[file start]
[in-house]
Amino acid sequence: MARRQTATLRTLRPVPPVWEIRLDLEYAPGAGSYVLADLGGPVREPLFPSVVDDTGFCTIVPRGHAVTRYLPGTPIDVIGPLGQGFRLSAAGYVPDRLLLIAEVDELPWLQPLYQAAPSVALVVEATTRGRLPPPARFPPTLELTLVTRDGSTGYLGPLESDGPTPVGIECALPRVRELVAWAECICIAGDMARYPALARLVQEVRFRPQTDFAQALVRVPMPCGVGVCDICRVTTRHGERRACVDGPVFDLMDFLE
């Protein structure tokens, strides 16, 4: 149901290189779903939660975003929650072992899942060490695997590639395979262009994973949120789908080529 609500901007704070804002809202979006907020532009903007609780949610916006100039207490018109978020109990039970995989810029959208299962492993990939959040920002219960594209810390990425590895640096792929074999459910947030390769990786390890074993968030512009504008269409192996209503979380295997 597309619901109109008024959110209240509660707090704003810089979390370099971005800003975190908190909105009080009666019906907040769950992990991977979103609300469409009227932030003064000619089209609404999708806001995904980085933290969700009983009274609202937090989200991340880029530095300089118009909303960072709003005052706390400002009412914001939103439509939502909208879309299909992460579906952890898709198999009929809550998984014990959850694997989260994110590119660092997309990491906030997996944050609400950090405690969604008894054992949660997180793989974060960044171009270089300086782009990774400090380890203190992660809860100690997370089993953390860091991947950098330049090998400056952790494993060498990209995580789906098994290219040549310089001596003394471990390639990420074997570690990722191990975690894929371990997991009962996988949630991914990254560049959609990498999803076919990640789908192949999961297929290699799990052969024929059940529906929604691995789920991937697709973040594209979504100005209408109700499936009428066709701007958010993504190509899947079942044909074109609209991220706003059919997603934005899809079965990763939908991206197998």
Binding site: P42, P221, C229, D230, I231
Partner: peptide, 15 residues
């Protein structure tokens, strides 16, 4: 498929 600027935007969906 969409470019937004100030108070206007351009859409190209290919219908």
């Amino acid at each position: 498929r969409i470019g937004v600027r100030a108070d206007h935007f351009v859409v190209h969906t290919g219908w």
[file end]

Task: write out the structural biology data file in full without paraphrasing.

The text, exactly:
[in-house]
Amino acid sequence: MARRQTATLRTLRPVPPVWEIRLDLEYAPGAGSYVLADLGGPVREPLFPSVVDDTGFCTIVPRGHAVTRYLPGTPIDVIGPLGQGFRLSAAGYVPDRLLLIAEVDELPWLQPLYQAAPSVALVVEATTRGRLPPPARFPPTLELTLVTRDGSTGYLGPLESDGPTPVGIECALPRVRELVAWAECICIAGDMARYPALARLVQEVRFRPQTDFAQALVRVPMPCGVGVCDICRVTTRHGERRACVDGPVFDLMDFLE
């Protein structure tokens, strides 16, 4: 149901290189779903939660975003929650072992899942060490695997590639395979262009994973949120789908080529 609500901007704070804002809202979006907020532009903007609780949610916006100039207490018109978020109990039970995989810029959208299962492993990939959040920002219960594209810390990425590895640096792929074999459910947030390769990786390890074993968030512009504008269409192996209503979380295997 597309619901109109008024959110209240509660707090704003810089979390370099971005800003975190908190909105009080009666019906907040769950992990991977979103609300469409009227932030003064000619089209609404999708806001995904980085933290969700009983009274609202937090989200991340880029530095300089118009909303960072709003005052706390400002009412914001939103439509939502909208879309299909992460579906952890898709198999009929809550998984014990959850694997989260994110590119660092997309990491906030997996944050609400950090405690969604008894054992949660997180793989974060960044171009270089300086782009990774400090380890203190992660809860100690997370089993953390860091991947950098330049090998400056952790494993060498990209995580789906098994290219040549310089001596003394471990390639990420074997570690990722191990975690894929371990997991009962996988949630991914990254560049959609990498999803076919990640789908192949999961297929290699799990052969024929059940529906929604691995789920991937697709973040594209979504100005209408109700499936009428066709701007958010993504190509899947079942044909074109609209991220706003059919997603934005899809079965990763939908991206197998």
Binding site: P42, P221, C229, D230, I231
Partner: peptide, 15 residues
């Protein structure tokens, strides 16, 4: 498929 600027935007969906 969409470019937004100030108070206007351009859409190209290919219908």
């Amino acid at each position: 498929r969409i470019g937004v600027r100030a108070d206007h935007f351009v859409v190209h969906t290919g219908w």